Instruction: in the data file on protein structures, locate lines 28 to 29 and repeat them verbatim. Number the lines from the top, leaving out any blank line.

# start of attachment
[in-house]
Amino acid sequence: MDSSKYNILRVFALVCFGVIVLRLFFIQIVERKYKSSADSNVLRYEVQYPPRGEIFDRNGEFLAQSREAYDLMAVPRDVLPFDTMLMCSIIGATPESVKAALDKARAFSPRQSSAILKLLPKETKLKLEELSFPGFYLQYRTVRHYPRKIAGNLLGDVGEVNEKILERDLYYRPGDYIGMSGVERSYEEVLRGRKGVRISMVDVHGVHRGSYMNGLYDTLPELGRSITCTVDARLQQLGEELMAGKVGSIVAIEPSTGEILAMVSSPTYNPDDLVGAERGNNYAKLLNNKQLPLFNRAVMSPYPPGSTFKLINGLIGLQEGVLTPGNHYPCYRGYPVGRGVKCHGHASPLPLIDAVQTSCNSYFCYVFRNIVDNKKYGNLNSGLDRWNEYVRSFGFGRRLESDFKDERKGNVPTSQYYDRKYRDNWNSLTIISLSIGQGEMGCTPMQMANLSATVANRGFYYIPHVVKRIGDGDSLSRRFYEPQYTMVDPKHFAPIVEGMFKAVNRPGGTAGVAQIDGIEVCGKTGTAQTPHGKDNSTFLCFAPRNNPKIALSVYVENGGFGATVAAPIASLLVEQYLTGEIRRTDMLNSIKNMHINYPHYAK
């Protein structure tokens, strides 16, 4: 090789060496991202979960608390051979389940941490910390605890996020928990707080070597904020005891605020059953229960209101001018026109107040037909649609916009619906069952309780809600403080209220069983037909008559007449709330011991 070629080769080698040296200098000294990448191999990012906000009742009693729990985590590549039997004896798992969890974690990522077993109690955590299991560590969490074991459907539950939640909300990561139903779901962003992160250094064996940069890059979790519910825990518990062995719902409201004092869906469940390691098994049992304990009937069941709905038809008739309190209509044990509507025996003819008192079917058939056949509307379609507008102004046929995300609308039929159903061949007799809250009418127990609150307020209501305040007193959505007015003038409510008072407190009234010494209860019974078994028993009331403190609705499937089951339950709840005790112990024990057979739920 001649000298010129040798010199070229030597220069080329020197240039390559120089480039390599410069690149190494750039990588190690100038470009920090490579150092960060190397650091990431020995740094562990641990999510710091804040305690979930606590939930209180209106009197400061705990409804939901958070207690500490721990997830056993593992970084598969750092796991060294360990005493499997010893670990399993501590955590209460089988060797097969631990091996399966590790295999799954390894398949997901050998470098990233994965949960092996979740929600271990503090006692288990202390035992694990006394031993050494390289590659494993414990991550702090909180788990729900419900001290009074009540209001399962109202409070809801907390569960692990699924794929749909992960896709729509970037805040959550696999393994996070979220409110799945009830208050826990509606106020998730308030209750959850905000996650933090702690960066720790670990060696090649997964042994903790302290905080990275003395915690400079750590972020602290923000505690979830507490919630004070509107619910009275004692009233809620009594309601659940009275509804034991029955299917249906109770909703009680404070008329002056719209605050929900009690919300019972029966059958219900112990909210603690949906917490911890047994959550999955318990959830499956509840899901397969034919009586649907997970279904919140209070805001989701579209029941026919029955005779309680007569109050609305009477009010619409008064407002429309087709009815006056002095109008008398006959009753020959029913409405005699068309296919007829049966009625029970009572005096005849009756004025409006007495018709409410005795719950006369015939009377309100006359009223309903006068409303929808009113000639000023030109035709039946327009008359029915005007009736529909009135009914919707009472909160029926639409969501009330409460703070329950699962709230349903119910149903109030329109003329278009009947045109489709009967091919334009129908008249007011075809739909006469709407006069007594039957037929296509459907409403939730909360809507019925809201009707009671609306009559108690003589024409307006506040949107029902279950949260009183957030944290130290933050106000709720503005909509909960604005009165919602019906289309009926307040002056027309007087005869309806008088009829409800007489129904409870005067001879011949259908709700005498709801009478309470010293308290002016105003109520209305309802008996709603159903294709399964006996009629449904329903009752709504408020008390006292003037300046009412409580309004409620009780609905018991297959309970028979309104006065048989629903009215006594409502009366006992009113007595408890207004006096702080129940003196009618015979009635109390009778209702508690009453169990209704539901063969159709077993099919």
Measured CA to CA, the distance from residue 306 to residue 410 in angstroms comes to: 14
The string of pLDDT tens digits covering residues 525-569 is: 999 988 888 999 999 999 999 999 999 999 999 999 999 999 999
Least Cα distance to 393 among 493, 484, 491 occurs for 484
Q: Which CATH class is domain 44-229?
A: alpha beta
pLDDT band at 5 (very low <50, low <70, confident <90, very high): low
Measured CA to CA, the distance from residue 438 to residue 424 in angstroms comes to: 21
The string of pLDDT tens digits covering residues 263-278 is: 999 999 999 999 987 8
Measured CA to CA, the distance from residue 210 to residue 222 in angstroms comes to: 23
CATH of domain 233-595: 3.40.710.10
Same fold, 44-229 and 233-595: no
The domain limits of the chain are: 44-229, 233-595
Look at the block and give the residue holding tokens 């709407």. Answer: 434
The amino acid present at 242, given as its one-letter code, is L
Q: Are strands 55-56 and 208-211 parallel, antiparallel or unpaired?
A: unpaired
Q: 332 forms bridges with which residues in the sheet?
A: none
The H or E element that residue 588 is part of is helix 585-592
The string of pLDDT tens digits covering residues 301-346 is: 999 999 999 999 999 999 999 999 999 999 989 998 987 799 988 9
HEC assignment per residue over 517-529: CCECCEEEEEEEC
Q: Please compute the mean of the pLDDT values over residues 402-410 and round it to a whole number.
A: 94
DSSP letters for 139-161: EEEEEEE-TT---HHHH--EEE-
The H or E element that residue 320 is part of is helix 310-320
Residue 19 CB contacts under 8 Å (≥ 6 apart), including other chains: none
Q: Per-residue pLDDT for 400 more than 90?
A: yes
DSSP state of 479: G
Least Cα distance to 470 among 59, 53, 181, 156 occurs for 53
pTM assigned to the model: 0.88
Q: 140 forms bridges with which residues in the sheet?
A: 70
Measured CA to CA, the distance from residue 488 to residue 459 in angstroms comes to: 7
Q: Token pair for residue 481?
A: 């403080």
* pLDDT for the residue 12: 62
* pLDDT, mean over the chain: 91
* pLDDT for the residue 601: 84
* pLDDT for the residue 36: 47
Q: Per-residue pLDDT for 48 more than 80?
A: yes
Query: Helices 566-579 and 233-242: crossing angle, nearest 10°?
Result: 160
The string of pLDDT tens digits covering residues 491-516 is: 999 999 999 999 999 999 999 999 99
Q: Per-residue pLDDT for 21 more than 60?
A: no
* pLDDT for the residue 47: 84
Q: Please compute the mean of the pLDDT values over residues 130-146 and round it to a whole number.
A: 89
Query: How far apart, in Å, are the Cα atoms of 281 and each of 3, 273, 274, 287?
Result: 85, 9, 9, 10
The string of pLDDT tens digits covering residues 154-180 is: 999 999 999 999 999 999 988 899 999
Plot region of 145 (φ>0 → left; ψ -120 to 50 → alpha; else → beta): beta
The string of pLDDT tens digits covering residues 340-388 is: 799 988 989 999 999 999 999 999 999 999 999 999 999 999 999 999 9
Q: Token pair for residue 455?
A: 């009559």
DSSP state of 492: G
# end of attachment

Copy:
The H or E element that residue 320 is part of is helix 310-320
Residue 19 CB contacts under 8 Å (≥ 6 apart), including other chains: none